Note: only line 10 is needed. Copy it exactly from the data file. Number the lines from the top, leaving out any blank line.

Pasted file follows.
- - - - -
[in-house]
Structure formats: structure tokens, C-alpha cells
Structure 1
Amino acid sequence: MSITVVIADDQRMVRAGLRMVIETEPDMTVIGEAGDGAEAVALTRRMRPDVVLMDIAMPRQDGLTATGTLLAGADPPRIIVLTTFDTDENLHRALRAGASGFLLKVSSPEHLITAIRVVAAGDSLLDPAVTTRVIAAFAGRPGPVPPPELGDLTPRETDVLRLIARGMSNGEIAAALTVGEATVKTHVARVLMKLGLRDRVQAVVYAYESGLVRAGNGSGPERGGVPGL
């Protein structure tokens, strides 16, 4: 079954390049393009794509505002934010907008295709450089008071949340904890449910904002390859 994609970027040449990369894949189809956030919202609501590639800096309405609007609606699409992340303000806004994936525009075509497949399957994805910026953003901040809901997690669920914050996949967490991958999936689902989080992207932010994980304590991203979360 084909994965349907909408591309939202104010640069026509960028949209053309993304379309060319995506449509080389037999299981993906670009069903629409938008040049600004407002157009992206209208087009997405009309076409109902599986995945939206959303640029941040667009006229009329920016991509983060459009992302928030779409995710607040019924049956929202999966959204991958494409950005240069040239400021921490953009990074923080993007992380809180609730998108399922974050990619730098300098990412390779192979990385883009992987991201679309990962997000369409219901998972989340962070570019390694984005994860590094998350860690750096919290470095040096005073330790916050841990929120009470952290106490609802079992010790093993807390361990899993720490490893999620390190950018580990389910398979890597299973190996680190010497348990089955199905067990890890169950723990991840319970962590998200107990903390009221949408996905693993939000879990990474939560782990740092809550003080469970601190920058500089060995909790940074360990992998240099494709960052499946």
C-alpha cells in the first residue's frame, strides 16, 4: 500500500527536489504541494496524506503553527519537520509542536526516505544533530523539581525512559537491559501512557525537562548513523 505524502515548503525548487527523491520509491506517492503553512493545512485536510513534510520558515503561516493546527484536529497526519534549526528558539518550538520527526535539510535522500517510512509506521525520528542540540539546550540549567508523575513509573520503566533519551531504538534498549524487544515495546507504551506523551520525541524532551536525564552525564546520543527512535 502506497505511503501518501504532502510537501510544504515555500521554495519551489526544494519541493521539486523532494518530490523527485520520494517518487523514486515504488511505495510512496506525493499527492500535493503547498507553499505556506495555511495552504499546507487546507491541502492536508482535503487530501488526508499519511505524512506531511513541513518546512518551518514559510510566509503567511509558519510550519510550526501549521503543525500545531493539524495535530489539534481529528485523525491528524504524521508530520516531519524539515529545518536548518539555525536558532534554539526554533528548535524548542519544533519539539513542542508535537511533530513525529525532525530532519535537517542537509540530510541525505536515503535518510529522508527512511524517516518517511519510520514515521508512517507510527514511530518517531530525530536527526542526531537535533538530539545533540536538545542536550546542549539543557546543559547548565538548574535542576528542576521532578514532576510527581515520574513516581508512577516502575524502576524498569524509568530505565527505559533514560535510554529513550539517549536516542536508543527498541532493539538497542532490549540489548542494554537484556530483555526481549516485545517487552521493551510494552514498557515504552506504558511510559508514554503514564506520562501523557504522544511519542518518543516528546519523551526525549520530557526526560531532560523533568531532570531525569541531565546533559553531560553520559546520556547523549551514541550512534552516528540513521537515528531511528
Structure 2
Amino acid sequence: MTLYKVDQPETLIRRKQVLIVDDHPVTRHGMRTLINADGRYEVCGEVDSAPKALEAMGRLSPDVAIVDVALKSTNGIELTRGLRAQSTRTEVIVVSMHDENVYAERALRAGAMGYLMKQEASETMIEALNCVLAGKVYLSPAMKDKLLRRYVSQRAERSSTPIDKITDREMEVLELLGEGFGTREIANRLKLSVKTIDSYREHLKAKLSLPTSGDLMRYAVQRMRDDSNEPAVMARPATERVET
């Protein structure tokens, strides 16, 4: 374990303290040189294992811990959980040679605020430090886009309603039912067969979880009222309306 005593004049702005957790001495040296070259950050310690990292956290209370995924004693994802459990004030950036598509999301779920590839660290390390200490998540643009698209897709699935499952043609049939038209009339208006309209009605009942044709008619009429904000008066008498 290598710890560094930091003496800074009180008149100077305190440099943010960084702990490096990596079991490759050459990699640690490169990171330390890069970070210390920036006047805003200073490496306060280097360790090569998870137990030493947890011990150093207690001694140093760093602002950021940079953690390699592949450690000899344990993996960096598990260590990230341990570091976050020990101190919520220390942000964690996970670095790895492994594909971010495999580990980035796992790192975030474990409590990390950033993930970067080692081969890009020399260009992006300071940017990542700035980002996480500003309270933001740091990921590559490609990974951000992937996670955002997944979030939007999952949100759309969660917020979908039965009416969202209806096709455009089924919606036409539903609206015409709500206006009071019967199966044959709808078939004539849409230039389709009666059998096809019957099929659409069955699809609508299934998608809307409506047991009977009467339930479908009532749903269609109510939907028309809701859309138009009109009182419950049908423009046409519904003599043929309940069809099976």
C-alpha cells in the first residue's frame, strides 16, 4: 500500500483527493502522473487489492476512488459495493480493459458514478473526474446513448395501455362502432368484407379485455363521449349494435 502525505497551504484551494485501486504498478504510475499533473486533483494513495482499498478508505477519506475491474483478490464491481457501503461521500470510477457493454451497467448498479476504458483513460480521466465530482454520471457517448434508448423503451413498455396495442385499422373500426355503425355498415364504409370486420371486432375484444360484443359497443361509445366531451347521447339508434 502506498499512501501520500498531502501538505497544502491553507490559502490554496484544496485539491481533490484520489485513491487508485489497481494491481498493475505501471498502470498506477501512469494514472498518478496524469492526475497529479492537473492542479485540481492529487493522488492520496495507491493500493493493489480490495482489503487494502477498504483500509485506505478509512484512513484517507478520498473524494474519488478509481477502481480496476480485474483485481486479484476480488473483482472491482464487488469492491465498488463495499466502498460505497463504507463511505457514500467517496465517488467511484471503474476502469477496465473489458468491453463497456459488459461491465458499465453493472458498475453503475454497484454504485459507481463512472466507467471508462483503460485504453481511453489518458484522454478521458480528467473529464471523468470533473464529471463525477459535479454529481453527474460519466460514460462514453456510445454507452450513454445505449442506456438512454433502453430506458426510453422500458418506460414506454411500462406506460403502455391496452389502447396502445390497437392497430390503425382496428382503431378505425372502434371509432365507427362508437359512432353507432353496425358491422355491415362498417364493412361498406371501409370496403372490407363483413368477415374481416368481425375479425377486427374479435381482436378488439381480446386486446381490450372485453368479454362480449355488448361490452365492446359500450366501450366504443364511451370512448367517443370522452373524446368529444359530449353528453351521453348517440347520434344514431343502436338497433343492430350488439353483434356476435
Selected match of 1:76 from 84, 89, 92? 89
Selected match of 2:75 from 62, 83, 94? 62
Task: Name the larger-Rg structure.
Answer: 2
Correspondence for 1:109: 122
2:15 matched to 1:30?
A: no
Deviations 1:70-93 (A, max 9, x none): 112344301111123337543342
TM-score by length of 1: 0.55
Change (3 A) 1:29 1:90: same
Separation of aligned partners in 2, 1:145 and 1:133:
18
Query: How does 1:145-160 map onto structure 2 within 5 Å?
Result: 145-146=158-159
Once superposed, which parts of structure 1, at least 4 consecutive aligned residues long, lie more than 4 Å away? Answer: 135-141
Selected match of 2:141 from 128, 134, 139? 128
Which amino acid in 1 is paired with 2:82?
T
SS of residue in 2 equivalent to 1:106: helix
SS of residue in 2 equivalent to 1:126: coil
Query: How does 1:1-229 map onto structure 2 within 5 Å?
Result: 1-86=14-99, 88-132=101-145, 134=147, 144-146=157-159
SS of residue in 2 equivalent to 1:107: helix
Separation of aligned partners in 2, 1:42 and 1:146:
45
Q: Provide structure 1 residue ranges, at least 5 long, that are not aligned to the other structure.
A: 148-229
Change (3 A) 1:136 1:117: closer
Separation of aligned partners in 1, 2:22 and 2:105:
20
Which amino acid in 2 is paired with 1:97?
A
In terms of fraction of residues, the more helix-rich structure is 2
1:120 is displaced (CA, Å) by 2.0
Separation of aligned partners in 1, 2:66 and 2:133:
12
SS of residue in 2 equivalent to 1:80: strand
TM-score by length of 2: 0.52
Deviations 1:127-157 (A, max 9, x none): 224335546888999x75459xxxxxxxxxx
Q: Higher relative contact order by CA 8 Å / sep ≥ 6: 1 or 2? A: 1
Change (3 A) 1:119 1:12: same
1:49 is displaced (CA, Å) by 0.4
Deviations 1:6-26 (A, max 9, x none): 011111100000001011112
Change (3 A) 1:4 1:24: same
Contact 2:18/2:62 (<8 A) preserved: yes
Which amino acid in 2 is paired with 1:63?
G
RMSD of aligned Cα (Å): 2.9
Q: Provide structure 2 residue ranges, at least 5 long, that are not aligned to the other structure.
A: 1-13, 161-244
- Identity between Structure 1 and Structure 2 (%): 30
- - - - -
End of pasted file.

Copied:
C-alpha cells in the first residue's frame, strides 16, 4: 500500500483527493502522473487489492476512488459495493480493459458514478473526474446513448395501455362502432368484407379485455363521449349494435 502525505497551504484551494485501486504498478504510475499533473486533483494513495482499498478508505477519506475491474483478490464491481457501503461521500470510477457493454451497467448498479476504458483513460480521466465530482454520471457517448434508448423503451413498455396495442385499422373500426355503425355498415364504409370486420371486432375484444360484443359497443361509445366531451347521447339508434 502506498499512501501520500498531502501538505497544502491553507490559502490554496484544496485539491481533490484520489485513491487508485489497481494491481498493475505501471498502470498506477501512469494514472498518478496524469492526475497529479492537473492542479485540481492529487493522488492520496495507491493500493493493489480490495482489503487494502477498504483500509485506505478509512484512513484517507478520498473524494474519488478509481477502481480496476480485474483485481486479484476480488473483482472491482464487488469492491465498488463495499466502498460505497463504507463511505457514500467517496465517488467511484471503474476502469477496465473489458468491453463497456459488459461491465458499465453493472458498475453503475454497484454504485459507481463512472466507467471508462483503460485504453481511453489518458484522454478521458480528467473529464471523468470533473464529471463525477459535479454529481453527474460519466460514460462514453456510445454507452450513454445505449442506456438512454433502453430506458426510453422500458418506460414506454411500462406506460403502455391496452389502447396502445390497437392497430390503425382496428382503431378505425372502434371509432365507427362508437359512432353507432353496425358491422355491415362498417364493412361498406371501409370496403372490407363483413368477415374481416368481425375479425377486427374479435381482436378488439381480446386486446381490450372485453368479454362480449355488448361490452365492446359500450366501450366504443364511451370512448367517443370522452373524446368529444359530449353528453351521453348517440347520434344514431343502436338497433343492430350488439353483434356476435